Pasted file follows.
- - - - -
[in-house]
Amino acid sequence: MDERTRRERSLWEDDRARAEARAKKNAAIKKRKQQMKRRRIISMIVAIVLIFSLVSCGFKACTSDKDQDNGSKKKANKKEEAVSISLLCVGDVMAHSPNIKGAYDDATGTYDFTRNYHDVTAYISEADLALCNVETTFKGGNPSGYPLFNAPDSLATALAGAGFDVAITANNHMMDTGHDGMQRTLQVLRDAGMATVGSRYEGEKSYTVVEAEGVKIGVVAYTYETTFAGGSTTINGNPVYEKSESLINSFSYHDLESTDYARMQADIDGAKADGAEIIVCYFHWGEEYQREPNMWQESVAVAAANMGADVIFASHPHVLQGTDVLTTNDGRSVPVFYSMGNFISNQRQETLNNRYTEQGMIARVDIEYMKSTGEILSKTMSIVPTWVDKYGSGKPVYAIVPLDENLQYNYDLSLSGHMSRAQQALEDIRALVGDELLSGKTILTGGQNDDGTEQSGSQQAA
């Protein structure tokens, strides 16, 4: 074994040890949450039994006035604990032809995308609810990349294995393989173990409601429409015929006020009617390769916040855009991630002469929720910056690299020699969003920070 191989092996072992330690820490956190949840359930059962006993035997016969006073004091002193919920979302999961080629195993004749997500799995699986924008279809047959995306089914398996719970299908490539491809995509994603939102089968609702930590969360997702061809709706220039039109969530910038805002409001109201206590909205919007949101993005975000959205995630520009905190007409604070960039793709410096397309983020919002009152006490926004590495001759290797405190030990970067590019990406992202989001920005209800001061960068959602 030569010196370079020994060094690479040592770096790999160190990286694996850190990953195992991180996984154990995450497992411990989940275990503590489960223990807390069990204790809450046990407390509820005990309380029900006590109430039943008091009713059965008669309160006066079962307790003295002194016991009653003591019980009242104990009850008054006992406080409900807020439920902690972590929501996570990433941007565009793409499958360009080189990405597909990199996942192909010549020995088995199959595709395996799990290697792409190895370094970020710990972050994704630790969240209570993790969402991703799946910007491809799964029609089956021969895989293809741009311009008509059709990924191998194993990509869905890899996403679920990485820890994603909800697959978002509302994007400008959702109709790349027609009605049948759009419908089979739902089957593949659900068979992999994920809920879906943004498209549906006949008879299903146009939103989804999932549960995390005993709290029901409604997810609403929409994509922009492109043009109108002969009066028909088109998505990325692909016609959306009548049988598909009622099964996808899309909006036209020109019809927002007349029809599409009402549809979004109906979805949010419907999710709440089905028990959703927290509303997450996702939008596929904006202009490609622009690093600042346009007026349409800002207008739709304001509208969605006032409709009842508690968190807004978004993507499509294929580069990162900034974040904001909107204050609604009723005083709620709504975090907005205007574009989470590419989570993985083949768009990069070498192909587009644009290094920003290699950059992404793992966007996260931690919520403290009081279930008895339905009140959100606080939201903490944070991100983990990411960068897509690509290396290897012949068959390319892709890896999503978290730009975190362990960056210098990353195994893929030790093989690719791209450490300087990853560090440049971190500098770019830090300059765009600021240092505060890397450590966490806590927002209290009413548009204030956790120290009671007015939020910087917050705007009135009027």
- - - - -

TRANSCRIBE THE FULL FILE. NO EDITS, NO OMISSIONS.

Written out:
[in-house]
Amino acid sequence: MDERTRRERSLWEDDRARAEARAKKNAAIKKRKQQMKRRRIISMIVAIVLIFSLVSCGFKACTSDKDQDNGSKKKANKKEEAVSISLLCVGDVMAHSPNIKGAYDDATGTYDFTRNYHDVTAYISEADLALCNVETTFKGGNPSGYPLFNAPDSLATALAGAGFDVAITANNHMMDTGHDGMQRTLQVLRDAGMATVGSRYEGEKSYTVVEAEGVKIGVVAYTYETTFAGGSTTINGNPVYEKSESLINSFSYHDLESTDYARMQADIDGAKADGAEIIVCYFHWGEEYQREPNMWQESVAVAAANMGADVIFASHPHVLQGTDVLTTNDGRSVPVFYSMGNFISNQRQETLNNRYTEQGMIARVDIEYMKSTGEILSKTMSIVPTWVDKYGSGKPVYAIVPLDENLQYNYDLSLSGHMSRAQQALEDIRALVGDELLSGKTILTGGQNDDGTEQSGSQQAA
């Protein structure tokens, strides 16, 4: 074994040890949450039994006035604990032809995308609810990349294995393989173990409601429409015929006020009617390769916040855009991630002469929720910056690299020699969003920070 191989092996072992330690820490956190949840359930059962006993035997016969006073004091002193919920979302999961080629195993004749997500799995699986924008279809047959995306089914398996719970299908490539491809995509994603939102089968609702930590969360997702061809709706220039039109969530910038805002409001109201206590909205919007949101993005975000959205995630520009905190007409604070960039793709410096397309983020919002009152006490926004590495001759290797405190030990970067590019990406992202989001920005209800001061960068959602 030569010196370079020994060094690479040592770096790999160190990286694996850190990953195992991180996984154990995450497992411990989940275990503590489960223990807390069990204790809450046990407390509820005990309380029900006590109430039943008091009713059965008669309160006066079962307790003295002194016991009653003591019980009242104990009850008054006992406080409900807020439920902690972590929501996570990433941007565009793409499958360009080189990405597909990199996942192909010549020995088995199959595709395996799990290697792409190895370094970020710990972050994704630790969240209570993790969402991703799946910007491809799964029609089956021969895989293809741009311009008509059709990924191998194993990509869905890899996403679920990485820890994603909800697959978002509302994007400008959702109709790349027609009605049948759009419908089979739902089957593949659900068979992999994920809920879906943004498209549906006949008879299903146009939103989804999932549960995390005993709290029901409604997810609403929409994509922009492109043009109108002969009066028909088109998505990325692909016609959306009548049988598909009622099964996808899309909006036209020109019809927002007349029809599409009402549809979004109906979805949010419907999710709440089905028990959703927290509303997450996702939008596929904006202009490609622009690093600042346009007026349409800002207008739709304001509208969605006032409709009842508690968190807004978004993507499509294929580069990162900034974040904001909107204050609604009723005083709620709504975090907005205007574009989470590419989570993985083949768009990069070498192909587009644009290094920003290699950059992404793992966007996260931690919520403290009081279930008895339905009140959100606080939201903490944070991100983990990411960068897509690509290396290897012949068959390319892709890896999503978290730009975190362990960056210098990353195994893929030790093989690719791209450490300087990853560090440049971190500098770019830090300059765009600021240092505060890397450590966490806590927002209290009413548009204030956790120290009671007015939020910087917050705007009135009027």